Although we analyzed a small number of cases, we found that the number of CTCs was not associated with clinical stage, consistent with previous studies of melanoma and lung cancer [12, 20]. Interestingly, detection of CTCs is associated with overall survival in stage II–III patients with melanoma [17]. Thus, the number of CTCs may be a prognostic biomarker among patients with the same staging.

The results of this study demonstrated that alteration of CTC number is associated with a clinical response to BRAF/MEK inhibitors. LDH levels were correlated with clinical response in two out of five patients, and the number of CTCs seemed to reflect the response in four out of five patients, suggesting that CTC count could be a useful biomarker for advanced melanoma treated with BRAF/MEK inhibitors. In a recent study that combined analysis of CTCs and ctDNA, CTC number was strongly associated with the level of ctDNA; moreover, the number of CTCs prior to systemic therapies was negatively correlated with overall and progression-free survival [13]. These observations, along with our results, indicate that detection of CTCs during treatment provides useful information that supports imaging studies, such as CT scans, in the prediction of drug response and prognosis.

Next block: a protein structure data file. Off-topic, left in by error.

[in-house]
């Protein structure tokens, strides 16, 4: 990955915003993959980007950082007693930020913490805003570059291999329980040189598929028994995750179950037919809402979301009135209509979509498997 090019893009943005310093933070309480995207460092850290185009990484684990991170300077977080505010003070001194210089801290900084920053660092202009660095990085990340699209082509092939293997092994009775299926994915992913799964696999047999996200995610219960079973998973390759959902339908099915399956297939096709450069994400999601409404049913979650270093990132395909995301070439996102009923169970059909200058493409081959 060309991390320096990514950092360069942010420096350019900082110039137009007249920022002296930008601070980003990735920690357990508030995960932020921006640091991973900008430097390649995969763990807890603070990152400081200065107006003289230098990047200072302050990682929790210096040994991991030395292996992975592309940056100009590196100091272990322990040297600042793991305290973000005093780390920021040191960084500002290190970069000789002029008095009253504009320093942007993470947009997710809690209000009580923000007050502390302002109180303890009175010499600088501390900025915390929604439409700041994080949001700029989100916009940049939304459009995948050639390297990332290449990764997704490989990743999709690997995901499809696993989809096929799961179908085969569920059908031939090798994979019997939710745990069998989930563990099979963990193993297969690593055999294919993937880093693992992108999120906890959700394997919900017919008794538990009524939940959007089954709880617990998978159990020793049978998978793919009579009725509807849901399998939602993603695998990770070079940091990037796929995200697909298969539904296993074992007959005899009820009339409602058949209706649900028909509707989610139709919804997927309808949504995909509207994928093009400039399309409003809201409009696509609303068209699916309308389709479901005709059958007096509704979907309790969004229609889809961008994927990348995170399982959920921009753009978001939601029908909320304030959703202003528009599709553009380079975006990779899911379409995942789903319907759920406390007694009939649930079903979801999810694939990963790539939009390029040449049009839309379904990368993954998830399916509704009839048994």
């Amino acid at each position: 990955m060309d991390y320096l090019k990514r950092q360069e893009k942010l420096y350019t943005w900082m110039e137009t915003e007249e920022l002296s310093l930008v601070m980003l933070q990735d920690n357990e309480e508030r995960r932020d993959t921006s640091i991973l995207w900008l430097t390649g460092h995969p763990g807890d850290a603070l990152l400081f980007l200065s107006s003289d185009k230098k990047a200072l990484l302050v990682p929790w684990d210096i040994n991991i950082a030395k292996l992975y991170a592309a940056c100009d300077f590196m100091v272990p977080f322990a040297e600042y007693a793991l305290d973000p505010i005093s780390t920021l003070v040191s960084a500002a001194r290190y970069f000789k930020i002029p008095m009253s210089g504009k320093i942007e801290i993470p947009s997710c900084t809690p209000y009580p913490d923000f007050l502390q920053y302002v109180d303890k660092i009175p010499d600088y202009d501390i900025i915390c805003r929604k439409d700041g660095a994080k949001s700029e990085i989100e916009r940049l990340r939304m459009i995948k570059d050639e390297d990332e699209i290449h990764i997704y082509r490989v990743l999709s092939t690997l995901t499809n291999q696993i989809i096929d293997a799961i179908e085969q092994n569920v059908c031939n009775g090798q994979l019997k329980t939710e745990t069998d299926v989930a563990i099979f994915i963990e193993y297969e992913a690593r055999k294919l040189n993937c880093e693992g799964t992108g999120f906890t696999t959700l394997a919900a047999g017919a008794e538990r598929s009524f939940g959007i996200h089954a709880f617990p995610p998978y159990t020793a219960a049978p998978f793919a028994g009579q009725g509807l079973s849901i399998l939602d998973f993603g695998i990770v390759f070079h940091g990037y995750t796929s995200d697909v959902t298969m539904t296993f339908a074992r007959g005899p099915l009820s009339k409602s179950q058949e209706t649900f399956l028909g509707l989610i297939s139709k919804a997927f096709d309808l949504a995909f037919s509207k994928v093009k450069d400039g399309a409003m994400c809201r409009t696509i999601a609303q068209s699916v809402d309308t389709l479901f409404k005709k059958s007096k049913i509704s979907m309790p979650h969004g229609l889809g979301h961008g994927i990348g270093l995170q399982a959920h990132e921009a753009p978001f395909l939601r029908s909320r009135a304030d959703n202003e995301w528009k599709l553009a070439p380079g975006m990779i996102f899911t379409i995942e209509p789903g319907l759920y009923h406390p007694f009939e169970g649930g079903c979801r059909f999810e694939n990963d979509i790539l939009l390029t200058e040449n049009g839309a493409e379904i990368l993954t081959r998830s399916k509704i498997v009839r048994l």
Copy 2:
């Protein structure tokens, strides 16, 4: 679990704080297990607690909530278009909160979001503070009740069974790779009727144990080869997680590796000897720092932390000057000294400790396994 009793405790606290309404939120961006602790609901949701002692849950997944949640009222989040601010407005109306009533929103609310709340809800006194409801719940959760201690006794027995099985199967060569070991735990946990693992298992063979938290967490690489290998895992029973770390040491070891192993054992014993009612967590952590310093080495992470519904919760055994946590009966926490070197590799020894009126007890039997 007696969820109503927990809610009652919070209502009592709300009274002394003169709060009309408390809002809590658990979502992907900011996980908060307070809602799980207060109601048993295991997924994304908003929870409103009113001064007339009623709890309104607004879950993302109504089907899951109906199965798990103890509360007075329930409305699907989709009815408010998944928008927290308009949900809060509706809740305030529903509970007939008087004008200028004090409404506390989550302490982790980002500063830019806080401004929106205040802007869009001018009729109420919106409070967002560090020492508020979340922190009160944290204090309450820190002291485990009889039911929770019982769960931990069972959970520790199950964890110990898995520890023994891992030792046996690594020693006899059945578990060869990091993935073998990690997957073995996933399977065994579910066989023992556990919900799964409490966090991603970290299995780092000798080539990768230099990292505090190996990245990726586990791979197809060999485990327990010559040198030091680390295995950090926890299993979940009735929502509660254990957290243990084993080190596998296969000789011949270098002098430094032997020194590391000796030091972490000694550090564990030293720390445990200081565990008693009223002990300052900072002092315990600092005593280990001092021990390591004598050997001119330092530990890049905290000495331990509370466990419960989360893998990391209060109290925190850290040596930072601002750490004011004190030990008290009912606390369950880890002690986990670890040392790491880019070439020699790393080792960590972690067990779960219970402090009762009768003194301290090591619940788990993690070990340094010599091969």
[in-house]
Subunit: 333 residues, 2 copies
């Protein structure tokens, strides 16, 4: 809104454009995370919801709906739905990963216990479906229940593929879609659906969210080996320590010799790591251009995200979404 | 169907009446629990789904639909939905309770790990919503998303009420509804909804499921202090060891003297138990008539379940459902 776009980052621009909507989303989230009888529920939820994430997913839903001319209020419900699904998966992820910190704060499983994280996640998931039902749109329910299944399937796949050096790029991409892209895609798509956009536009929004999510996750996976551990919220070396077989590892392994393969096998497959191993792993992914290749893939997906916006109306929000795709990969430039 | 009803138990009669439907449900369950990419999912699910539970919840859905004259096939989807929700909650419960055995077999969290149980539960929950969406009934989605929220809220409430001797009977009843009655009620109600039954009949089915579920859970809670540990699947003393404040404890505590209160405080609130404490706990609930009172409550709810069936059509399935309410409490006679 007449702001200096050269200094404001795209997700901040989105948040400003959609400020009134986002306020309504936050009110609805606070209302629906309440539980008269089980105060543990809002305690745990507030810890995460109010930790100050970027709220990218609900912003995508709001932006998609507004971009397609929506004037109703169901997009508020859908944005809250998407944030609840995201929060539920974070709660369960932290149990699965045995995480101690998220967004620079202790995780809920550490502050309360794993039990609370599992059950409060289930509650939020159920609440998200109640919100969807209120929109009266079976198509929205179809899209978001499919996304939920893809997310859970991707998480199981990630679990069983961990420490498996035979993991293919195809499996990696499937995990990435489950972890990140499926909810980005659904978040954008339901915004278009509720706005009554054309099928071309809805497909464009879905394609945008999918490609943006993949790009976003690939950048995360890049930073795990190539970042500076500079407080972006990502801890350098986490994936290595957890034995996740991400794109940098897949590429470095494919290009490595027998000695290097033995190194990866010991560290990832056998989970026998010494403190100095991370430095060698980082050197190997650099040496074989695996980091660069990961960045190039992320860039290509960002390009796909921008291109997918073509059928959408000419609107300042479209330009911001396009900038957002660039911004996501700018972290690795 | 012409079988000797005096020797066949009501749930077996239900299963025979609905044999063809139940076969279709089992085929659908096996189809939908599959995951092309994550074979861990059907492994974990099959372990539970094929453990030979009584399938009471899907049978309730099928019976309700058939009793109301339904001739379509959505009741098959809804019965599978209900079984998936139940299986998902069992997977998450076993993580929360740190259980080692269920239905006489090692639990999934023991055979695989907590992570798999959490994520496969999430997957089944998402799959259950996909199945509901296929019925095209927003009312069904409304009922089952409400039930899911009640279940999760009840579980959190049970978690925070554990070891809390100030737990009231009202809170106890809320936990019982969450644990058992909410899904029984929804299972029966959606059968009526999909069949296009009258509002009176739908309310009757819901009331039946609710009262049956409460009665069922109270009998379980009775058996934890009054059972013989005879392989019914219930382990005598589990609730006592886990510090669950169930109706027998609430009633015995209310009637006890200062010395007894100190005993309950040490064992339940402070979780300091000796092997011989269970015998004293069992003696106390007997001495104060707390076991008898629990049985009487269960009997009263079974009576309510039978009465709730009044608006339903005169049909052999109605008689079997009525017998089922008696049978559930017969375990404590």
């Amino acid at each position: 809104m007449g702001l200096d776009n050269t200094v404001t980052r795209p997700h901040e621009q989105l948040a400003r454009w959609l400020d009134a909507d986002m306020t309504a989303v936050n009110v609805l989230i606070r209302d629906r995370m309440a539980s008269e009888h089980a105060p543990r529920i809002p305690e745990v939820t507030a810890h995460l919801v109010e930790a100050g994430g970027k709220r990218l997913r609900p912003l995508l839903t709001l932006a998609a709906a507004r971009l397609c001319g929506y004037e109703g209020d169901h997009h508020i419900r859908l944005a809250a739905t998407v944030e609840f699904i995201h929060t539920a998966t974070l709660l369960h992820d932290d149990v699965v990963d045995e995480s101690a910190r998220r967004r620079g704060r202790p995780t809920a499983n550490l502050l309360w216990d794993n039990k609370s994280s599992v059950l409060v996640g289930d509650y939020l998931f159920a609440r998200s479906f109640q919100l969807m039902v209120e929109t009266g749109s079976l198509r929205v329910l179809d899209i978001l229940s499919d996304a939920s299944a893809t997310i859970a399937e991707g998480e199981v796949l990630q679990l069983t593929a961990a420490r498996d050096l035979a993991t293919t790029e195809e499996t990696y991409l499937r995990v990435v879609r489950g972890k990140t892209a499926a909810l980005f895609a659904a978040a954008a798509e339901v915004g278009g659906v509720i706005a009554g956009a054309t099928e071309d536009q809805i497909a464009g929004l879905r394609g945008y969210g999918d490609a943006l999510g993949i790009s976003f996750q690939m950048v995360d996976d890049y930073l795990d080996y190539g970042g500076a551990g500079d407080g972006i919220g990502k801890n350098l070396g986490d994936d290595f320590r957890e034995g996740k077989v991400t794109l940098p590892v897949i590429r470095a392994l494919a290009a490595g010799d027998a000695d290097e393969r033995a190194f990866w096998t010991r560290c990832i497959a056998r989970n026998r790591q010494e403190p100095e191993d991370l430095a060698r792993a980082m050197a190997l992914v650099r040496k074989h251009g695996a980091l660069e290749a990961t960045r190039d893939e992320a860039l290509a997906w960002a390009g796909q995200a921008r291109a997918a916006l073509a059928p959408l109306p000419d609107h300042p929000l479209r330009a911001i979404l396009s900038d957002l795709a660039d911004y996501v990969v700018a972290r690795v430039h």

Heterogeneity of protein expression and genetic alteration in CTCs has been reported in melanoma [11, 12, 16, 26]. In some patients, CTCs are heterogenous with respect to the BRAF genotype [12, 16]. In this study, BRAF/MEK inhibitors seemed to be effective against melanoma cells with various mutations in V600 and K601 residues of BRAF. However, CTCs with BRAFA598V persisted throughout treatment, implying a potential mechanism of drug resistance. Future studies should test this possibility.


CTC analysis is useful for evaluating disease status during molecularly targeted therapies, and analysis at the single-cell level may provide information for overcoming drug resistance. In addition, CTCs with certain properties may develop into metastases, suggesting that analysis of CTCs could shed light on the metastatic signature.

Availability of data and materials